Code on Public Interest Disclosure (Whistleblowing)
The University Court accepts and supports the principle of academic freedom, believing that it gives individuals the right to pursue research and express opinions without political pressure, within the constraints of the law. Academic freedom cannot, however, justify a lower level of accountability than is found in the private sector, the Civil Service, the armed forces and elsewhere in the public sector.
The Public Interest Disclosure Act, which came into effect on 1 January 1999, gives legal protection to employees against being dismissed or penalised by their employers as a result of publicly disclosing certain serious concerns. It is a fundamental term of every contract of employment that an employee will faithfully serve his or her employer and not disclose confidential information about the employer's affairs. However, where an individual discovers information which they believe shows malpractice/wrongdoing within the organisation then this information should be disclosed without fear or reprisal, and may be made independently of line management.
It should be emphasised that this policy is intended to assist individuals who believe they have discovered malpractice or impropriety. It is not designed to question financial or business decisions taken by the Institution; nor may it be used to reconsider any matters which have already been addressed under Dignity at Work and Study Policy, complaint or disciplinary procedures.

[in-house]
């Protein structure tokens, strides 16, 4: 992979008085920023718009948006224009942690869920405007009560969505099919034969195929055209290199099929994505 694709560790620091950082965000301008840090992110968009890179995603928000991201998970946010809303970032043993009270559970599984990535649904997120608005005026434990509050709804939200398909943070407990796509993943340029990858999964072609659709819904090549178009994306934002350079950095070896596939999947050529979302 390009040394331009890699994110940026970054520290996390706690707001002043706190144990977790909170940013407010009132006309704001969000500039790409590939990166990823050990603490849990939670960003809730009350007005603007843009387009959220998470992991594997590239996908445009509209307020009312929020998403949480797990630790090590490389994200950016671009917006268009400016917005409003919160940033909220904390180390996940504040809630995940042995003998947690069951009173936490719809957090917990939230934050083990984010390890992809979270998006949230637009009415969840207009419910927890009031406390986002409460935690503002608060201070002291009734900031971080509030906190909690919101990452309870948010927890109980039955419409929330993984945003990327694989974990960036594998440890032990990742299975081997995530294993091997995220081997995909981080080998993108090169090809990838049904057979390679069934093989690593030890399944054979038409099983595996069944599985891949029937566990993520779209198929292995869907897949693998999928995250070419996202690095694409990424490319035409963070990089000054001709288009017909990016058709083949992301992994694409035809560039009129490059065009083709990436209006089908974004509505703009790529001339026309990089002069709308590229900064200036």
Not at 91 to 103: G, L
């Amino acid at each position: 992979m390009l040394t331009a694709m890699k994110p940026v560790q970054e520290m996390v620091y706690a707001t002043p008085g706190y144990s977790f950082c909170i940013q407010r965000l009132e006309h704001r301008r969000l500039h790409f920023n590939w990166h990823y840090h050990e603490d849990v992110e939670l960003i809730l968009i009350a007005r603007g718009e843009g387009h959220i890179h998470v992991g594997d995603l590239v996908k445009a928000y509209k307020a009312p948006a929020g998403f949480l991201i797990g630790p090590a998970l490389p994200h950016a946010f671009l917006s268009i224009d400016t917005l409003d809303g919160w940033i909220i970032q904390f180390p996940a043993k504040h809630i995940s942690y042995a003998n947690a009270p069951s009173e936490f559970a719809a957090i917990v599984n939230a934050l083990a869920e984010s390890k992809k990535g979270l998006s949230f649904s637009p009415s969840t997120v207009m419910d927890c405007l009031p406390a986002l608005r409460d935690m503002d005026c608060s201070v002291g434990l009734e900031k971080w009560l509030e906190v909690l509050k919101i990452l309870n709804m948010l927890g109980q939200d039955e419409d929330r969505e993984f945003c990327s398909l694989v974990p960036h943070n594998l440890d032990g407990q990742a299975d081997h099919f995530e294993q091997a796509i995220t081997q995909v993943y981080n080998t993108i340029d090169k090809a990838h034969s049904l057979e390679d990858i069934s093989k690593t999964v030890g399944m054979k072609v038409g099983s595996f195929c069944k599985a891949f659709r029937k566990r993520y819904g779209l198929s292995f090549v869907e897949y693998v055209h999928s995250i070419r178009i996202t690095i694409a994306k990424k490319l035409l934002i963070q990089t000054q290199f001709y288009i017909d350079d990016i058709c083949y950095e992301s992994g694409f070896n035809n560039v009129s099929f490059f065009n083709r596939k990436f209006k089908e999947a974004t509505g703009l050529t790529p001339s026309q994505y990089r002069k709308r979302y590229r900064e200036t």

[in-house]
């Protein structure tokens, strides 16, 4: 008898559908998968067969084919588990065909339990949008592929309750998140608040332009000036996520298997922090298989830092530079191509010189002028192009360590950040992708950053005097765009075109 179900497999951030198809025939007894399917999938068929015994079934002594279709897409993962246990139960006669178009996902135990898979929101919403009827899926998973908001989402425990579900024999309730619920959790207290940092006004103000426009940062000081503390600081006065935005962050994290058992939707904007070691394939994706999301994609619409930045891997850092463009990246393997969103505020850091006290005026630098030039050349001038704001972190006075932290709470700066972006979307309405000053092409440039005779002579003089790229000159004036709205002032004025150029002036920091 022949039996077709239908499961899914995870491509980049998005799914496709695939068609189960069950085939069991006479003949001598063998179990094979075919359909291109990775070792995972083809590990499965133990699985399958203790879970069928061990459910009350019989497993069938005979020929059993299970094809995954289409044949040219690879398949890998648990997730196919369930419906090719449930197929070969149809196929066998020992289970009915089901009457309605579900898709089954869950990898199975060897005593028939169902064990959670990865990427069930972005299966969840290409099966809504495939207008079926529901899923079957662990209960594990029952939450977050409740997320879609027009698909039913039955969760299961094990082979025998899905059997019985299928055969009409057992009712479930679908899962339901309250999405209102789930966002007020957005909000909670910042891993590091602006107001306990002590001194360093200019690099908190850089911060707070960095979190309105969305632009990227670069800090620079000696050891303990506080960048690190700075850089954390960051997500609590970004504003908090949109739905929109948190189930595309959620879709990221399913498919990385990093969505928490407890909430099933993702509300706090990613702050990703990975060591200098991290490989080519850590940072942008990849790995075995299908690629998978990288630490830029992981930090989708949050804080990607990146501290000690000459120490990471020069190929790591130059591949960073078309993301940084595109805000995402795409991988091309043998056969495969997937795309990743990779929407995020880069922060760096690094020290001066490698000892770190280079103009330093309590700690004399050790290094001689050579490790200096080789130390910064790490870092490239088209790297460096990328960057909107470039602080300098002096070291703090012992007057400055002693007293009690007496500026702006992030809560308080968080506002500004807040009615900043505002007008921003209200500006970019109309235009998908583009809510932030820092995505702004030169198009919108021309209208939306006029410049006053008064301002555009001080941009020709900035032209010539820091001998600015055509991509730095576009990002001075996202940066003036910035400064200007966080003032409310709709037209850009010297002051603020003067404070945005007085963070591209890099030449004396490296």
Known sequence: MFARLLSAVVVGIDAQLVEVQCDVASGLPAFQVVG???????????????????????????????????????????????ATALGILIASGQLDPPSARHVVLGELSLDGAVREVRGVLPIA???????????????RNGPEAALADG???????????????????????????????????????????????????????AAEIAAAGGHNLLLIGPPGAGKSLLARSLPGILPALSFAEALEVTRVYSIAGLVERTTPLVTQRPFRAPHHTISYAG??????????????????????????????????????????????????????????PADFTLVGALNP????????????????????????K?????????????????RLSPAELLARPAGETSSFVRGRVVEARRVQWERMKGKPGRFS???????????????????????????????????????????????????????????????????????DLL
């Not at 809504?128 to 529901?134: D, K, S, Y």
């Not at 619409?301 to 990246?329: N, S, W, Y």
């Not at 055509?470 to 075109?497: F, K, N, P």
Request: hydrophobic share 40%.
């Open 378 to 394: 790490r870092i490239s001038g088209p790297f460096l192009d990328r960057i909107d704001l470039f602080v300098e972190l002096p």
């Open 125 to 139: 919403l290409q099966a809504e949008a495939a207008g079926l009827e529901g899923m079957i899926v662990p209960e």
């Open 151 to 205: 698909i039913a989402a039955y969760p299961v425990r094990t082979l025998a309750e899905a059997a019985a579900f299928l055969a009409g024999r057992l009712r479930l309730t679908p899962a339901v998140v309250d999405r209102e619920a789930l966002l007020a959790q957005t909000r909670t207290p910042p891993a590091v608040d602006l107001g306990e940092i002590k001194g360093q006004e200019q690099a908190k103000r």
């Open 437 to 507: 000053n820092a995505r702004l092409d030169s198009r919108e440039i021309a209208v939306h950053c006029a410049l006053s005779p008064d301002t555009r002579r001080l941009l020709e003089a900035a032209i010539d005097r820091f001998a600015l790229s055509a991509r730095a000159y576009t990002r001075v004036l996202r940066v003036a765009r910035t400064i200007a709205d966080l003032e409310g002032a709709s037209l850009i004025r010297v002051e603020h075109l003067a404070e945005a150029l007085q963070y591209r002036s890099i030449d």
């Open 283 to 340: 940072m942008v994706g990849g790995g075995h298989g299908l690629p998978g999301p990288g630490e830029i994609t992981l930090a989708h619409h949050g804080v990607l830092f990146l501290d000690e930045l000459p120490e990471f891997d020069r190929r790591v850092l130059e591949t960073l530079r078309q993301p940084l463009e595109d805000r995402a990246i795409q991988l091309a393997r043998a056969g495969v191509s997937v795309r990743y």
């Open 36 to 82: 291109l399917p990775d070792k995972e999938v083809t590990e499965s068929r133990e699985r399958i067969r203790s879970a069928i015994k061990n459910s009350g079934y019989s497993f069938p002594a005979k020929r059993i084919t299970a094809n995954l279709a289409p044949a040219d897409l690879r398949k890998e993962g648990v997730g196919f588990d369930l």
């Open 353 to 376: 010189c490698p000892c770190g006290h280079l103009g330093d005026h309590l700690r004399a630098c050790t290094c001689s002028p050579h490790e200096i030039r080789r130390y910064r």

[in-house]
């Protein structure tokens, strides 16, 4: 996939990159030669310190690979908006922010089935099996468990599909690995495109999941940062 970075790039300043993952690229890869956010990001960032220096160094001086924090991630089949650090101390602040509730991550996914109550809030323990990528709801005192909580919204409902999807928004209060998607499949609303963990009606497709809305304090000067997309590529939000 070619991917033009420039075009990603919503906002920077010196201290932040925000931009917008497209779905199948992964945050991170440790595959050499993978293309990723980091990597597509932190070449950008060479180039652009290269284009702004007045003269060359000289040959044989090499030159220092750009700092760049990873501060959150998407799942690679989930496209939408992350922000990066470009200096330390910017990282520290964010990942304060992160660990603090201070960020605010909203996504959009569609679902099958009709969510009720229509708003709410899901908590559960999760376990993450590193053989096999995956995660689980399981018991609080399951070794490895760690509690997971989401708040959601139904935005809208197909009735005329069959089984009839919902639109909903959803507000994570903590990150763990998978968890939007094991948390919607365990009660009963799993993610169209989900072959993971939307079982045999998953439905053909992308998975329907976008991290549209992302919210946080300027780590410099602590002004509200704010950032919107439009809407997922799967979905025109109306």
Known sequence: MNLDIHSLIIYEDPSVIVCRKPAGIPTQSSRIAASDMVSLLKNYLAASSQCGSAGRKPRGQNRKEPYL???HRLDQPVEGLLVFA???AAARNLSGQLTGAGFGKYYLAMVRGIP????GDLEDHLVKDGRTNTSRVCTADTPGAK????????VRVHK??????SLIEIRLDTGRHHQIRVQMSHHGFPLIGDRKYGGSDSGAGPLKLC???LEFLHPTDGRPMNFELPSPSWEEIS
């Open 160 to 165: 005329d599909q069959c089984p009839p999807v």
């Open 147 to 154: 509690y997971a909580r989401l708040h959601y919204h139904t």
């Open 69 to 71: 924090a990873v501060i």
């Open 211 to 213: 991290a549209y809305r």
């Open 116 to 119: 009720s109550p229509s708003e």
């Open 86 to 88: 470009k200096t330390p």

1. This policy is designed to offer protection to those employees or other members of the University/Institution who disclose such concerns provided the disclosure is made:
i) in good faith, and
ii) in the reasonable belief of the individual making the disclosure that it tends to show malpractice.
The individual will also be protected if they make the disclosure to an appropriate person/body (see below). It is important to note that no protection from internal disciplinary procedures is offered to those who choose not to use the procedure.
2. The University will treat all such disclosures in a confidential and sensitive manner. The identity of the individual making the allegation may be kept confidential so long as it does not hinder or frustrate any investigation. However, the investigation process may reveal the source of the information and the individual making the disclosure may need to provide a statement as part of the evidence required.
3. This policy encourages individuals to put their name to any disclosures they make. Concerns expressed anonymously are much less powerful, but they will be considered at the discretion of the University.
In exercising this discretion, the factors to be taken into account will include:
- the seriousness of the issues raised;